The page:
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Court Cases

Bavarian court sticks to accreditation guns in NSU trial

No Turkish or Greek media look set to sit in court when the far-right National Socialist Underground case opens. Accreditation was on a "first come, first served" basis. The court says no changes can be made.

The upper regional court in Munich came under further pressure on Tuesday to re-evaluate its media accreditation process for the high-profile trial against surviving members of the National Socialist Underground far-right group. The court issued a statement saying that the "first come, first served" accreditation method was common knowledge and could not be changed after the fact.

Eight of the 10 murders that the NSU is accused of committing were against Turkish citizens, another victim was Greek. No media outlets from Greece or Turkey were among the first 50 that received official accreditation to sit in the courtroom.

The neo-Nazi group's ability to evade capture for almost a decade while investigators wrongly thought the murders were tied to organized crime had already put Germany's law enforcement and legal system under considerable international scrutiny. The NSU were only uncovered by chance in November 2011, after a botched bank robbery led police to the cell.

Green politician Cem Özdemir, himself of Turkish descent, was particularly critical of the Munich court's "bureaucratic" method for allocating accreditation.

"I would wish for the necessary portion of sensibility and flexibility, so that international media can also report on the case with first-hand information," Özdemir said.

Alterations and new venue both rejected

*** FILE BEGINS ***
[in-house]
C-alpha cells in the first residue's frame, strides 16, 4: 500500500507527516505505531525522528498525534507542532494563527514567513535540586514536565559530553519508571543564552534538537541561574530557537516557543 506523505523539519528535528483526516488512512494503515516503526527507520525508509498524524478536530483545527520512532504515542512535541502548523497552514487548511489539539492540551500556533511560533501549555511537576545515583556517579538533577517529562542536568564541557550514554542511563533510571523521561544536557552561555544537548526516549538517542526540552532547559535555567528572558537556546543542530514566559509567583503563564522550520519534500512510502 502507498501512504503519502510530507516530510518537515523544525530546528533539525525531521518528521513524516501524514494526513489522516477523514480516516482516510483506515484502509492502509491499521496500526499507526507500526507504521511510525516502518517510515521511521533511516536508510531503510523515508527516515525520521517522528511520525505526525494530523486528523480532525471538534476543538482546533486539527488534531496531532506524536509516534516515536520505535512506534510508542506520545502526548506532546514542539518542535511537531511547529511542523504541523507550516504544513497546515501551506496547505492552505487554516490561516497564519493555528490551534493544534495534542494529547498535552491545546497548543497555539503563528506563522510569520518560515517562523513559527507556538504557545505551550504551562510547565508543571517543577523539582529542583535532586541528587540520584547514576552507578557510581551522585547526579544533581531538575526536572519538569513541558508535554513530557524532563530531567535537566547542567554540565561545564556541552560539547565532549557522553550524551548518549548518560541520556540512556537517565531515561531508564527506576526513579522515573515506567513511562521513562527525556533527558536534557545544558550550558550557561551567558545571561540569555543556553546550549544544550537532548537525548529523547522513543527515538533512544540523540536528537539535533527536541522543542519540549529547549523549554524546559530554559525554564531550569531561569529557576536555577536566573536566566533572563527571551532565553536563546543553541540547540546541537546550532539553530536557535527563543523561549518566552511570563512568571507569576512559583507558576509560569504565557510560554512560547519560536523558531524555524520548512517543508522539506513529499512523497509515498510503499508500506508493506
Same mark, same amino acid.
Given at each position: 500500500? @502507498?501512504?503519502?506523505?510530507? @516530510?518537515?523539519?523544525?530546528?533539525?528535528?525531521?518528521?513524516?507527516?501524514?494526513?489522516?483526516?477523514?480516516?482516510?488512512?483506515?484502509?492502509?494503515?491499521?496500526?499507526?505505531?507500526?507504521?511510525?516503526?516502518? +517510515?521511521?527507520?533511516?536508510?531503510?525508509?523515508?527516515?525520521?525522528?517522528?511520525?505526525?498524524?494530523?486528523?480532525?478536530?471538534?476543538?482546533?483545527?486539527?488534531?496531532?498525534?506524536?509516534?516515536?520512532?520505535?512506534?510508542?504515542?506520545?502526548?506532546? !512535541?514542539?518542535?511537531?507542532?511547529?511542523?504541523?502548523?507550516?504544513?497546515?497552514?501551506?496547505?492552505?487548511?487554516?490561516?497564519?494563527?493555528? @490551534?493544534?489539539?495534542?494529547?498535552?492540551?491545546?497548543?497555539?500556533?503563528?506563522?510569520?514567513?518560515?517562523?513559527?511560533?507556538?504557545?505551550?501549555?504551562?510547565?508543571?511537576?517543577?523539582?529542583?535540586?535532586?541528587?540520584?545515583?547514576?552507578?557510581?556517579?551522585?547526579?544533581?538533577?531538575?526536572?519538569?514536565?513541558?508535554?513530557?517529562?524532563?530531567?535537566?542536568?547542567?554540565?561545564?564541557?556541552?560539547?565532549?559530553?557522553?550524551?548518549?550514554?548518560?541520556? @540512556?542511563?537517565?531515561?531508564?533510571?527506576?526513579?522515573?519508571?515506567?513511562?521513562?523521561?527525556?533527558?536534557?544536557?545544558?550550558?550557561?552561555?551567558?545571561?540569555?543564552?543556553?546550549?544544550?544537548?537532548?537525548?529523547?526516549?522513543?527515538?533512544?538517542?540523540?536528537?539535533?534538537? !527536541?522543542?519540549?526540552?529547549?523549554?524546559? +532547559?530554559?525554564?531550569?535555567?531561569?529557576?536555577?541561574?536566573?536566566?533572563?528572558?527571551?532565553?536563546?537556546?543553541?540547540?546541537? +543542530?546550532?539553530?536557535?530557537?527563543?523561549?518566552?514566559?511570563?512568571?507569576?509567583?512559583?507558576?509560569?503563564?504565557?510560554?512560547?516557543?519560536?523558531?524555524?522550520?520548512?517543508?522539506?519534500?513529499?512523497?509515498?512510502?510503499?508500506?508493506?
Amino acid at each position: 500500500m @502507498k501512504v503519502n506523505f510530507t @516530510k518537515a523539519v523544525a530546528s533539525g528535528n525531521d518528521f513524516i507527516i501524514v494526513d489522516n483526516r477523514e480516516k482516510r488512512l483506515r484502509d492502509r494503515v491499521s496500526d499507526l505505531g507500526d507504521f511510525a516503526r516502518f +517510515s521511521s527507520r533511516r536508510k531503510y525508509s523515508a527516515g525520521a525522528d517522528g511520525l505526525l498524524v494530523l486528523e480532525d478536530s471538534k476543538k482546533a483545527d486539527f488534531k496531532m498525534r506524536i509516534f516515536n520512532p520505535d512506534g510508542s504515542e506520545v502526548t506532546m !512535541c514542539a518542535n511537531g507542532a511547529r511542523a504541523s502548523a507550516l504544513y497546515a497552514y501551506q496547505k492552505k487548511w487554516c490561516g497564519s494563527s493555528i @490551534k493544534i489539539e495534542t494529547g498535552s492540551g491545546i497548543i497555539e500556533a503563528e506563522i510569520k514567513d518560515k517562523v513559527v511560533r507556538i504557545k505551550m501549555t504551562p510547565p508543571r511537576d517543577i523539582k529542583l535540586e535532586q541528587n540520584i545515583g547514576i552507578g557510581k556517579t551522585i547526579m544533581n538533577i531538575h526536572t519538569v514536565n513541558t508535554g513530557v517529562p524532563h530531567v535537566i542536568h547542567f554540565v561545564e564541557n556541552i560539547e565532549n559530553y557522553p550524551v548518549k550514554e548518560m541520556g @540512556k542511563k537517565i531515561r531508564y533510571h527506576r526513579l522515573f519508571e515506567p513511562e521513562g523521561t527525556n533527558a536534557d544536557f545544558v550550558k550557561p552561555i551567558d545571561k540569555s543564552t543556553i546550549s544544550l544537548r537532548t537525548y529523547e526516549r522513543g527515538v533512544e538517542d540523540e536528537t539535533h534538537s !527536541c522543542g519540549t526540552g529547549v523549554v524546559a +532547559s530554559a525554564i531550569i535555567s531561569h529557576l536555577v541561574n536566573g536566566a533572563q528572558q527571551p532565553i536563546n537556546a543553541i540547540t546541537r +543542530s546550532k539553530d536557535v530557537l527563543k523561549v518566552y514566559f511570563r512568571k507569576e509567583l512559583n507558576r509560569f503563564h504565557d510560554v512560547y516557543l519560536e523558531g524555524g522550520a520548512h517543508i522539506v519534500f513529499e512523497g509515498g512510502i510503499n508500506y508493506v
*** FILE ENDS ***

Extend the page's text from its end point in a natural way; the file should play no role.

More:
The organization for foreign press in Germany (VAP) was also critical of the allocation in Wednesday's edition of the Berliner Zeitung newspaper.

"It seems like the entire process has been worked out like an administrative measure," VAP deputy head Pascal Thibault told the Berliner Zeitung, admitting that he could not know "to what extent this accreditation process was handled by clueless civil servants in the court or by the judges."

"The judges should certainly have a clear understanding of the subject matter's sensitivity," Thibault said, adding he personally thought his organization should consider setting up a formal protest on behalf of the roughly 400 foreign journalists in Germany represented by the VAP.

Munich's OLG court on Tuesday issued a statement defending its system for accreditation. Spokeswoman Margarete Nötel said that the accreditation conditions "could not be changed after the fact," and that journalists without accreditation could still seek a seat in one of the roughly 50 places reserved for the general public. The court also ruled out moving to a larger venue.

The national chair of the Turkish Community in Germany, Kenan Kolat, said he could scarcely believe that no Turkish papers would sit in court.

"I ask myself what the court really wants here," Kolat said. "Does it want to keep the Turkish public out of the case?"

Most major German media outlets are represented at the court. Mass-circulation daily "Bild" offered to give its place to the Turkish daily "Hürriyet," but this offer is unlikely to be completed; the court's rules state that all accreditations must name both a journalist and a publication, meaning that transferring a place would not currently be permitted.

The trial is slated to start on April 17.

msh/jm (AFP, dpa, epd)